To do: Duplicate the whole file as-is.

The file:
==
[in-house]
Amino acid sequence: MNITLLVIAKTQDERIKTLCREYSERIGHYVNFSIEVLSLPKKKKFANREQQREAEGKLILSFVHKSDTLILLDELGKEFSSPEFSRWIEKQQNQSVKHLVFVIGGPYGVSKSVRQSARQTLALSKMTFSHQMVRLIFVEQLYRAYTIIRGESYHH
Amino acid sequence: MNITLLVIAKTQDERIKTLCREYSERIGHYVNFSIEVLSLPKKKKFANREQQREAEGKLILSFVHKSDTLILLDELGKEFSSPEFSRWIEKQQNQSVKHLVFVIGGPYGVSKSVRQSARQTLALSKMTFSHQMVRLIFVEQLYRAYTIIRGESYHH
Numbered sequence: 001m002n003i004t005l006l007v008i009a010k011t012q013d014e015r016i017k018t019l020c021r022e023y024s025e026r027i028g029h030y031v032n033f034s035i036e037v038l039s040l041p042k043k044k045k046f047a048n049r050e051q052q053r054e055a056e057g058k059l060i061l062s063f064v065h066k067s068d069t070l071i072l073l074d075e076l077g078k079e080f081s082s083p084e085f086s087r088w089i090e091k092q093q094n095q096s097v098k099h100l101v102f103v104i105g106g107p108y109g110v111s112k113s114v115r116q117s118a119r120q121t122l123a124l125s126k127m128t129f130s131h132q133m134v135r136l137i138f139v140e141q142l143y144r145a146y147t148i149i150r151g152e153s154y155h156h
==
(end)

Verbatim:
[in-house]
Amino acid sequence: MNITLLVIAKTQDERIKTLCREYSERIGHYVNFSIEVLSLPKKKKFANREQQREAEGKLILSFVHKSDTLILLDELGKEFSSPEFSRWIEKQQNQSVKHLVFVIGGPYGVSKSVRQSARQTLALSKMTFSHQMVRLIFVEQLYRAYTIIRGESYHH
Amino acid sequence: MNITLLVIAKTQDERIKTLCREYSERIGHYVNFSIEVLSLPKKKKFANREQQREAEGKLILSFVHKSDTLILLDELGKEFSSPEFSRWIEKQQNQSVKHLVFVIGGPYGVSKSVRQSARQTLALSKMTFSHQMVRLIFVEQLYRAYTIIRGESYHH
Numbered sequence: 001m002n003i004t005l006l007v008i009a010k011t012q013d014e015r016i017k018t019l020c021r022e023y024s025e026r027i028g029h030y031v032n033f034s035i036e037v038l039s040l041p042k043k044k045k046f047a048n049r050e051q052q053r054e055a056e057g058k059l060i061l062s063f064v065h066k067s068d069t070l071i072l073l074d075e076l077g078k079e080f081s082s083p084e085f086s087r088w089i090e091k092q093q094n095q096s097v098k099h100l101v102f103v104i105g106g107p108y109g110v111s112k113s114v115r116q117s118a119r120q121t122l123a124l125s126k127m128t129f130s131h132q133m134v135r136l137i138f139v140e141q142l143y144r145a146y147t148i149i150r151g152e153s154y155h156h